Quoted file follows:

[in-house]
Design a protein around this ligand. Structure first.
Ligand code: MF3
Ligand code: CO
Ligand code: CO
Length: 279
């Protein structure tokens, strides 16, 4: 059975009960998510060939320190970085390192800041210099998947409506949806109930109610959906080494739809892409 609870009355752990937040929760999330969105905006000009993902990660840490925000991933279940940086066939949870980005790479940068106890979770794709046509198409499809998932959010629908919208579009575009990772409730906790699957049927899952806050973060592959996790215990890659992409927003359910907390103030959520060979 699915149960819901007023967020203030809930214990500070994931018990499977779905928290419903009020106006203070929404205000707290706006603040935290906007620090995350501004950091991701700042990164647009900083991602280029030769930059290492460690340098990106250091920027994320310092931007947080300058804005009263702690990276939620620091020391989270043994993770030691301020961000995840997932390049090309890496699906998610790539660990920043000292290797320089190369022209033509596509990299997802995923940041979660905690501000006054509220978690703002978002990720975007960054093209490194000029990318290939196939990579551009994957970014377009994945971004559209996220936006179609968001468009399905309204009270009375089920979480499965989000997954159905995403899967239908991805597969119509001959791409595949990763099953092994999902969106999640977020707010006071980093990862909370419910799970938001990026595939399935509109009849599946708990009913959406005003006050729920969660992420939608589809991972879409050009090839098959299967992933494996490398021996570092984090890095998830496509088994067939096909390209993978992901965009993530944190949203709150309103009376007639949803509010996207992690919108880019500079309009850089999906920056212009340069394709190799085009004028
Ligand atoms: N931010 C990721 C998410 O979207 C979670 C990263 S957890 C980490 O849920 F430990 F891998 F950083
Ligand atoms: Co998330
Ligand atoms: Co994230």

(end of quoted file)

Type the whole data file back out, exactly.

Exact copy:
[in-house]
Design a protein around this ligand. Structure first.
Ligand code: MF3
Ligand code: CO
Ligand code: CO
Length: 279
């Protein structure tokens, strides 16, 4: 059975009960998510060939320190970085390192800041210099998947409506949806109930109610959906080494739809892409 609870009355752990937040929760999330969105905006000009993902990660840490925000991933279940940086066939949870980005790479940068106890979770794709046509198409499809998932959010629908919208579009575009990772409730906790699957049927899952806050973060592959996790215990890659992409927003359910907390103030959520060979 699915149960819901007023967020203030809930214990500070994931018990499977779905928290419903009020106006203070929404205000707290706006603040935290906007620090995350501004950091991701700042990164647009900083991602280029030769930059290492460690340098990106250091920027994320310092931007947080300058804005009263702690990276939620620091020391989270043994993770030691301020961000995840997932390049090309890496699906998610790539660990920043000292290797320089190369022209033509596509990299997802995923940041979660905690501000006054509220978690703002978002990720975007960054093209490194000029990318290939196939990579551009994957970014377009994945971004559209996220936006179609968001468009399905309204009270009375089920979480499965989000997954159905995403899967239908991805597969119509001959791409595949990763099953092994999902969106999640977020707010006071980093990862909370419910799970938001990026595939399935509109009849599946708990009913959406005003006050729920969660992420939608589809991972879409050009090839098959299967992933494996490398021996570092984090890095998830496509088994067939096909390209993978992901965009993530944190949203709150309103009376007639949803509010996207992690919108880019500079309009850089999906920056212009340069394709190799085009004028
Ligand atoms: N931010 C990721 C998410 O979207 C979670 C990263 S957890 C980490 O849920 F430990 F891998 F950083
Ligand atoms: Co998330
Ligand atoms: Co994230």